The E-Class’s mid-life facelift is limited to a few minor styling changes and some tweaks to the cabin, but it remains an all-round impressive package. It’s still not as sharp as a BMW 5 Series to drive, but the interior blows its rival out the park; some of the tech feels like a bit of a gimmick, but quality, fit and finish are second to none. The E-Class now offers true S-Class luxury at a fraction of the price.
Executive saloons are consistently popular with UK car buyers and still take a sizeable slice of the new car market. However, the sector is changing, with many buyers and fleet managers turning away from diesel in favour of plug-in hybrid drivetrains.
Therefore it’s fitting that our first taste of the facelifted Mercedes E-Class comes in the shape of the E 300 e plug-in. The revisions are limited to a handful of cosmetic tweaks and cabin upgrades with revised infotainment, but the 300 e’s engine and electric motor have been left well alone.
The new infotainment system is an improvement, thanks to the updated and responsive touchpad; Apple CarPlay and Android Auto are both included, and are much more intuitive to use now that the screen can be operated via touch.
The upgraded cabin also features a new steering wheel, with two pairs of thin spokes branching out from the hub. They’re festooned with buttons, which is slightly confusing at first, but no hardship once you’re familiar with it. It also features ‘capacitive hands-off detection’ for use in conjunction with the adaptive cruise control, which includes route and road-based speed adjustment.
The E-Class’s overall feeling of quality is impossible to ignore. From the plush seats to the leather-trimmed doors and centre console, it’s hard to see where Mercedes’ new S-Class flagship will improve on the E-Class’s winning formula. The cabin is perhaps less driver-focused than that of a BMW 5 Series, but you can’t argue with the faultless fit and finish.
Every E-Class bound for the UK gets twin 12.3-inch digital screens as standard; previously, entry-level cars used a set of analogue dials paired with a large central infotainment display. New LED lights also feature, alongside 17-inch alloys, heated leather seats and a suite of safety kit.
If you’re after the sharpest-handling executive saloon, then the 5 Series still edges the Merc, while the latest Audi A6 arguably pips it for involvement, too. The E 300 e wafts along in a way the BMW can’t, yet it can feel disconnected from the road at times; fine on the motorway, but less engaging on a twisting country road.
The upside of this is that the Mercedes rides well at high speeds – especially on our car’s 18-inch wheels. It’s not perfect around town, but driver and passengers are shielded from the very worst lumps and bumps. Smaller potholes are of little concern, and even larger ones are absorbed with reasonable confidence.
With no changes to the hybrid model’s powertrain or chassis, the E 300 e retains its 2.0-litre four-cylinder petrol engine and electric motor. Combined they produce 316bhp and an impressive 700Nm of torque. As such, performance isn’t lacking; the electrical system’s instant torque allowing access to all that power from a standstill.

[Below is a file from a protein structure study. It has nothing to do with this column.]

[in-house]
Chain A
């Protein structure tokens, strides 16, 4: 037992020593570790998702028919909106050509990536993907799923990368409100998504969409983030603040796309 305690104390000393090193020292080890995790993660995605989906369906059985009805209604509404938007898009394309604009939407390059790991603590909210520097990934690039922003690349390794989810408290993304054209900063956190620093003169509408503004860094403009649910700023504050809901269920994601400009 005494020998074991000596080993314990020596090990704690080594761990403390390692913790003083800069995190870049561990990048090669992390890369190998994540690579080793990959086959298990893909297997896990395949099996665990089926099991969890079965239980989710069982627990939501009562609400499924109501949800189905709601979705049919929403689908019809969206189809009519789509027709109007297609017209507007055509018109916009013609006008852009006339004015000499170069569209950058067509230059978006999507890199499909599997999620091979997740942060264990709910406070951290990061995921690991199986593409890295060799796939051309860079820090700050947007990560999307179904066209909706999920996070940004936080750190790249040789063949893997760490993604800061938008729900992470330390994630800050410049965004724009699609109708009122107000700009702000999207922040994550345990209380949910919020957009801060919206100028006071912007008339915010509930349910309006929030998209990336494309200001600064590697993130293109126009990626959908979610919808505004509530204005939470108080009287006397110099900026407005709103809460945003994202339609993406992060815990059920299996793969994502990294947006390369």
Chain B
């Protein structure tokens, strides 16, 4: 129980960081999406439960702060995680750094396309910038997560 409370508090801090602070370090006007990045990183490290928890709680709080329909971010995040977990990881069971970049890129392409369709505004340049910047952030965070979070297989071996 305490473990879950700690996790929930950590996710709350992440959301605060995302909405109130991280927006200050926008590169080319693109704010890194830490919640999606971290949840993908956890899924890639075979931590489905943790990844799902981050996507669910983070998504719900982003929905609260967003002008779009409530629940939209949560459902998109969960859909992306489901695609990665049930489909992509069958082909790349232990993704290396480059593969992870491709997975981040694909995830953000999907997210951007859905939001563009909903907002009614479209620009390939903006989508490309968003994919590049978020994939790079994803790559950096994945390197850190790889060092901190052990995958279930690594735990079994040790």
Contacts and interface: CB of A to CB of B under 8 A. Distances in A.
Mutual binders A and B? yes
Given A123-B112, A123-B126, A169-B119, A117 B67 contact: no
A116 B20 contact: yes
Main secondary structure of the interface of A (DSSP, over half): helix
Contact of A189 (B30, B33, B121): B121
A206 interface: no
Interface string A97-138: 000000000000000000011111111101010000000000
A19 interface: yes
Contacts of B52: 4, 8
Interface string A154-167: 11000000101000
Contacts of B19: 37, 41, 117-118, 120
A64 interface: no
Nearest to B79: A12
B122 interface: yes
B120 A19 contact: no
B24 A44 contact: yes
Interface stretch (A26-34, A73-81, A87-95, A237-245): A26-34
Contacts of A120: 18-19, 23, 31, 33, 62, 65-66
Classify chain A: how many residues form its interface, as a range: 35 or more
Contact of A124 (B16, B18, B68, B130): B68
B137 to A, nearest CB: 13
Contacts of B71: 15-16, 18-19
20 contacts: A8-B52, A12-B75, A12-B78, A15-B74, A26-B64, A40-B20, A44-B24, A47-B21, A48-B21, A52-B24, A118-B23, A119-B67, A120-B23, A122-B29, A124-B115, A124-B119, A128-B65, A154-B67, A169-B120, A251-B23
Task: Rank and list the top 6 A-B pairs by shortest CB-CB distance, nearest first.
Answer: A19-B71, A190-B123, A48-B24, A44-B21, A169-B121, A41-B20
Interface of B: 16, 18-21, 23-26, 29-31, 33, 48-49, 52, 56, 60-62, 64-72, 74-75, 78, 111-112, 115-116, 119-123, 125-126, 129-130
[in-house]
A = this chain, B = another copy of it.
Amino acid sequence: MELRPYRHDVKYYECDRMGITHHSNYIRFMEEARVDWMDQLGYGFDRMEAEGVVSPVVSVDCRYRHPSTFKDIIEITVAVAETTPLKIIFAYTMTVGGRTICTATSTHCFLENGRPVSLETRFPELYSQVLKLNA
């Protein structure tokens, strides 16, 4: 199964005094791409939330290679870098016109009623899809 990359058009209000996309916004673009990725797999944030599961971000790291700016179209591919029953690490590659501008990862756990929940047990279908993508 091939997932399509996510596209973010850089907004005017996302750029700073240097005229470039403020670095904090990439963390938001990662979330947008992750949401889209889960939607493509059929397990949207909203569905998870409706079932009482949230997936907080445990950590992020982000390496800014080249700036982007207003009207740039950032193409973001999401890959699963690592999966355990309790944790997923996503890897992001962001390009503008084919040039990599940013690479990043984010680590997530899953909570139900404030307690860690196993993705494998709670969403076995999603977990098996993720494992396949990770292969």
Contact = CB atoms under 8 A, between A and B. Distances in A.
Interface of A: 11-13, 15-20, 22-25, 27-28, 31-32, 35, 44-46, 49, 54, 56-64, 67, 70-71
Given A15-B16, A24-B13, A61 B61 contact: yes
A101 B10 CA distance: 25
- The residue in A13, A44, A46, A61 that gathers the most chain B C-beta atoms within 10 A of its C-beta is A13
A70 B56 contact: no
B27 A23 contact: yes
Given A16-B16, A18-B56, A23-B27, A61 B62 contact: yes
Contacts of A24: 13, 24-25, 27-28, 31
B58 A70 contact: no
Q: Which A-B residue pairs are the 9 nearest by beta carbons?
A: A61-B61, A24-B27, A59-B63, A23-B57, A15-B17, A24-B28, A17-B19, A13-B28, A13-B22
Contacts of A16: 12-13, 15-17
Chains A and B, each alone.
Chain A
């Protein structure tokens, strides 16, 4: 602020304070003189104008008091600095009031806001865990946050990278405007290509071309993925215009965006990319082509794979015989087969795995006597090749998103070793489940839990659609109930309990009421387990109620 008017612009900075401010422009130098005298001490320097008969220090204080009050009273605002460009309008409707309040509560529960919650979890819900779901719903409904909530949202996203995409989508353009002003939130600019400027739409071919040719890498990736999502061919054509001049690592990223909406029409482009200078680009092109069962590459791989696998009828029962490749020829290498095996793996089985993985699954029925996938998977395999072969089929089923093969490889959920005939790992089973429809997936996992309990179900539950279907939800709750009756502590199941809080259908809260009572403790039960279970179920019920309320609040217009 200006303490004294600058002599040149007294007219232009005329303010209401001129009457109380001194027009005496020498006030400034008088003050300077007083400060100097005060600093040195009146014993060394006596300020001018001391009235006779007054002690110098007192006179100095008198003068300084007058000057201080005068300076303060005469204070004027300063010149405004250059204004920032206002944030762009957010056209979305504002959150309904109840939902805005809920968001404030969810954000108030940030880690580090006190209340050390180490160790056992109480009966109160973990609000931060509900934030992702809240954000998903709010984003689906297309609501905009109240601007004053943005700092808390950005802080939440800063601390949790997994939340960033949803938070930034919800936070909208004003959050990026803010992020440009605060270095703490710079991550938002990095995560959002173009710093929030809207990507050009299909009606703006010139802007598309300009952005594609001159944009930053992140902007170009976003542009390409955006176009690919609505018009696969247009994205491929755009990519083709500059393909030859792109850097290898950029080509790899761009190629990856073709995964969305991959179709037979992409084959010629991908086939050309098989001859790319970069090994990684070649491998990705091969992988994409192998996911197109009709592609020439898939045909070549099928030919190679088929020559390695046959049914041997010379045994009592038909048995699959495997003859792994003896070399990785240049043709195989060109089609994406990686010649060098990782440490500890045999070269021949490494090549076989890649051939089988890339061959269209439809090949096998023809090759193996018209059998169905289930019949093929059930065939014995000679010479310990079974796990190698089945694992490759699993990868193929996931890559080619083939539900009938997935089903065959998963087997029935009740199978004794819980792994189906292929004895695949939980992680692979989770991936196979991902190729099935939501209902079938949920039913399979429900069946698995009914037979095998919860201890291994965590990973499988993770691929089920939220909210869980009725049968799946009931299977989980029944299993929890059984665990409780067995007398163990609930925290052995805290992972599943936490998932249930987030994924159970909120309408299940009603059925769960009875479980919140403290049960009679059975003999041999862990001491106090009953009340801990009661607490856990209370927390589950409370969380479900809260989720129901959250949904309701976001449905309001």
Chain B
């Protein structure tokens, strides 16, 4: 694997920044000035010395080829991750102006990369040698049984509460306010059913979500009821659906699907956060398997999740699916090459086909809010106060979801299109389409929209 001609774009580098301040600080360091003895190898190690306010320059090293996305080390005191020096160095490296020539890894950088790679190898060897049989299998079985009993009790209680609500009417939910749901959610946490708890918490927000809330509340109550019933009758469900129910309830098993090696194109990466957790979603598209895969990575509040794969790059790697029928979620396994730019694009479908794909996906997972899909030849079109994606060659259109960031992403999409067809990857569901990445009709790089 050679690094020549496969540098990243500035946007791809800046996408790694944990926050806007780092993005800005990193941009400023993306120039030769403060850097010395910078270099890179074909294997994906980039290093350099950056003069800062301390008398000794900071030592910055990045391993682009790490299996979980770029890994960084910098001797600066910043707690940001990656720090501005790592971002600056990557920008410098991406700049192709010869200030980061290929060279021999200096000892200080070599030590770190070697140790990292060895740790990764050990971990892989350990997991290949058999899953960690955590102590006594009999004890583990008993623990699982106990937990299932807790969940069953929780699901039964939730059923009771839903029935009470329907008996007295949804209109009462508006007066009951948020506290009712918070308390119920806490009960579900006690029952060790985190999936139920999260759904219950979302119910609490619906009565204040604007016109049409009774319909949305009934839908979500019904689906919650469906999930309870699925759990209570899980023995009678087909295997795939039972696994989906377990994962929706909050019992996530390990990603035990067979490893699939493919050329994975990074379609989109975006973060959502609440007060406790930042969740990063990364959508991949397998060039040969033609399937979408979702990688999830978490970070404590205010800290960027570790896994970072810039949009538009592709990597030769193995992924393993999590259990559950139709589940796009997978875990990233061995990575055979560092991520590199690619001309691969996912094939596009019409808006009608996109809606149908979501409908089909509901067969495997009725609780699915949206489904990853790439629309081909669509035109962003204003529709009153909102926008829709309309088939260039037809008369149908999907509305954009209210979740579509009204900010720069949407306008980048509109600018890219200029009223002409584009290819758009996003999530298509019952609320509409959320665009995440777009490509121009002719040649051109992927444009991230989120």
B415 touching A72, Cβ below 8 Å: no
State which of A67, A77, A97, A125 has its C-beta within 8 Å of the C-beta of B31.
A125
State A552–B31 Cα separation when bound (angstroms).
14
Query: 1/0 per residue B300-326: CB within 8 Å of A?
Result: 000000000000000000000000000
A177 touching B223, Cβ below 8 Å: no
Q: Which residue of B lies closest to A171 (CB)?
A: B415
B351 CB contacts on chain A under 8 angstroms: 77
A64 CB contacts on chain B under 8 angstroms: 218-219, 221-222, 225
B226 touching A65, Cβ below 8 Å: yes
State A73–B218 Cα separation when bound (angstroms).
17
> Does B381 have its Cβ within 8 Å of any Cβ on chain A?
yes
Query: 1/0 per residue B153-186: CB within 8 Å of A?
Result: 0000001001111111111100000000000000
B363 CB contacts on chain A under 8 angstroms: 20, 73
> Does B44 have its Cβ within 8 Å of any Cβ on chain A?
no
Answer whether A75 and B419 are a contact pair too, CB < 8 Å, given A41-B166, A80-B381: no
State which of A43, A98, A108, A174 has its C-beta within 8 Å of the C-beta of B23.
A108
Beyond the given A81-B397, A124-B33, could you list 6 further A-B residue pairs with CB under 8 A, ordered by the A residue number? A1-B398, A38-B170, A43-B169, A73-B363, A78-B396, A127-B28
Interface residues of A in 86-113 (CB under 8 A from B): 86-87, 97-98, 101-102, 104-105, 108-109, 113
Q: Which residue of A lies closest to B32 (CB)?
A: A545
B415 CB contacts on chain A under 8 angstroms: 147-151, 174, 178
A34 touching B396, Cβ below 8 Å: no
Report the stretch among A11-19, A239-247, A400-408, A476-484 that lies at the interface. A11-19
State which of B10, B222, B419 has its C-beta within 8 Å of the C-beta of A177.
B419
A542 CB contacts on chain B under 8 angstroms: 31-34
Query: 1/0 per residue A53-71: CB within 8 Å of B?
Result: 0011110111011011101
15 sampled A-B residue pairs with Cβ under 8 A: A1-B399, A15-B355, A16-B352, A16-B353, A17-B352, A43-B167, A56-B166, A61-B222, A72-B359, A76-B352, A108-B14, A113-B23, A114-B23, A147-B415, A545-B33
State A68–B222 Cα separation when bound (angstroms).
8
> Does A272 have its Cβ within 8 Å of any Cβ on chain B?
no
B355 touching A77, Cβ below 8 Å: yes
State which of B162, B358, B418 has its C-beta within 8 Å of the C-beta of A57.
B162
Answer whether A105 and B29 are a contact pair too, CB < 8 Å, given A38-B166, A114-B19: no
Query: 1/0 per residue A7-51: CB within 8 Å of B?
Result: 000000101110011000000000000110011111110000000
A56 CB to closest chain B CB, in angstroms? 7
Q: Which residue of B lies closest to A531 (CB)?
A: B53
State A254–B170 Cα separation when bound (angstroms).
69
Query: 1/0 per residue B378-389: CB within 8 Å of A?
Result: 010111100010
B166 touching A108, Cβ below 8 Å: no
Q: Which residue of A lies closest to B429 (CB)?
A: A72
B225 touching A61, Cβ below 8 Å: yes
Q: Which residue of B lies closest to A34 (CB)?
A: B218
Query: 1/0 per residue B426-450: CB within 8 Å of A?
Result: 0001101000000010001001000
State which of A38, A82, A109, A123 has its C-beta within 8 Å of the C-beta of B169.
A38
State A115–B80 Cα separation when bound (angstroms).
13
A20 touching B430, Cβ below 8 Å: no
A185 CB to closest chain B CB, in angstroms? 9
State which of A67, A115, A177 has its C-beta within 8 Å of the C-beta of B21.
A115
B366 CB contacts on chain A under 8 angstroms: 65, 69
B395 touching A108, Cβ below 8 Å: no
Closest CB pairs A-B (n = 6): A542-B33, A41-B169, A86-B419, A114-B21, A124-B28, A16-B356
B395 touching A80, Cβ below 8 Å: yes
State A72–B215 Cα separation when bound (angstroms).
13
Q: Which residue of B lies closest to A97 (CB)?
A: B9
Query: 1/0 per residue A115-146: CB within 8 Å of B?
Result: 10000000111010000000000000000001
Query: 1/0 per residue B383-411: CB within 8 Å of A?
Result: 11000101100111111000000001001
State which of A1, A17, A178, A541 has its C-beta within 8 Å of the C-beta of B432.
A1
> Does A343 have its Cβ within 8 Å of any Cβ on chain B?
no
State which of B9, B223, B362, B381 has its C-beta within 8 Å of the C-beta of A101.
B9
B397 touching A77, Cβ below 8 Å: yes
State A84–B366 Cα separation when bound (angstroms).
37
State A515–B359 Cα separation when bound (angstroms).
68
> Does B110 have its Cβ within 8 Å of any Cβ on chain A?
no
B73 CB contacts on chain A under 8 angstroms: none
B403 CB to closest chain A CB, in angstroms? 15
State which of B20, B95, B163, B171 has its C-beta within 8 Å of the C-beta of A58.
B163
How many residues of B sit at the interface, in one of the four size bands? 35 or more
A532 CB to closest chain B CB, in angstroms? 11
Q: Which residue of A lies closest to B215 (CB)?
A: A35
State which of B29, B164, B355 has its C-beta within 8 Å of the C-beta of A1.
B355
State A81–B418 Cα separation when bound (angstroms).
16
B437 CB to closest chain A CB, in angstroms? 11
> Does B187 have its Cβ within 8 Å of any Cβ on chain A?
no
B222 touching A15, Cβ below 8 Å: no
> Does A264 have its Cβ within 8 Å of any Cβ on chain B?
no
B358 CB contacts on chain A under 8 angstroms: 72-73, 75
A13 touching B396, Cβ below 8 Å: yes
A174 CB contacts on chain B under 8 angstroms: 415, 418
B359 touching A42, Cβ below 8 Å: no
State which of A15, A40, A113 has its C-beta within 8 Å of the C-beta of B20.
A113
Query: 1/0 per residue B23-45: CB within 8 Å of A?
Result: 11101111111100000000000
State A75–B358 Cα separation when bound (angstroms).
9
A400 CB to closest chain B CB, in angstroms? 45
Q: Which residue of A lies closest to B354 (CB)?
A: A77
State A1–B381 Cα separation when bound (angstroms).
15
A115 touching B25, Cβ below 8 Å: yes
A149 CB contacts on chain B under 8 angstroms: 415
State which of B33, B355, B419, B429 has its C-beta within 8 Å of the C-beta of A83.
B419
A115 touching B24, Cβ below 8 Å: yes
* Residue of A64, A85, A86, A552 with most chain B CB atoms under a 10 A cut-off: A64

Despite its prodigious output, the four-cylinder motor can sound a little strained when you floor the throttle and extend it into the upper rev range. Still, the E-Class more than makes up for this with its incredible refinement – especially when running around on electricity.
Mercedes still claims an electric-only range of around 32 miles on a full charge, and our test drive showed this is a realistic estimate. Even on faster roads, the E-Class’s range read-out dropped very nearly in line with actual mileage covered. The various drive modes allow you to prioritise or hold battery power, or let the system work out what’s best for maximum efficiency.
The transition between petrol and electric power isn’t perhaps quite as smooth as it could be, but you’re unlikely to notice the car switching between the two in normal driving. We’d recommend using the battery hold function as much as possible; there’s nothing quite as satisfying as running around town on electric power alone – especially at the end of a long journey.
Charging the E-Class plug-in hybrid is pretty straightforward, thanks to the fact that every E 300 e comes with two cables – one to use with a wallbox or at public charge points, and one for standard three-pin domestic sockets. Owners using the latter are able to top up the battery in around five hours, or just 90 minutes using a 7.4kW home wallbox. There’s no option for high-speed CCS rapid charging, though.
One thing to take into consideration is that the battery does eat into boot space quite significantly, reducing the overall capacity by 100 litres to 370 litres.
Of course, the main reason many buyers will opt for a plug-in hybrid over a diesel is for the generous tax breaks. The plug-in car grant no longer covers PHEVs, but the E 300 e’s low CO2 emissions mean company car drivers can take advantage of an appealing Benefit-in-Kind rating of 10 per cent for the current tax year. In this regard, an E 220 d can’t come close, although the E 300 de diesel plug-in will hold even greater appeal than the petrol for high-mileage drivers.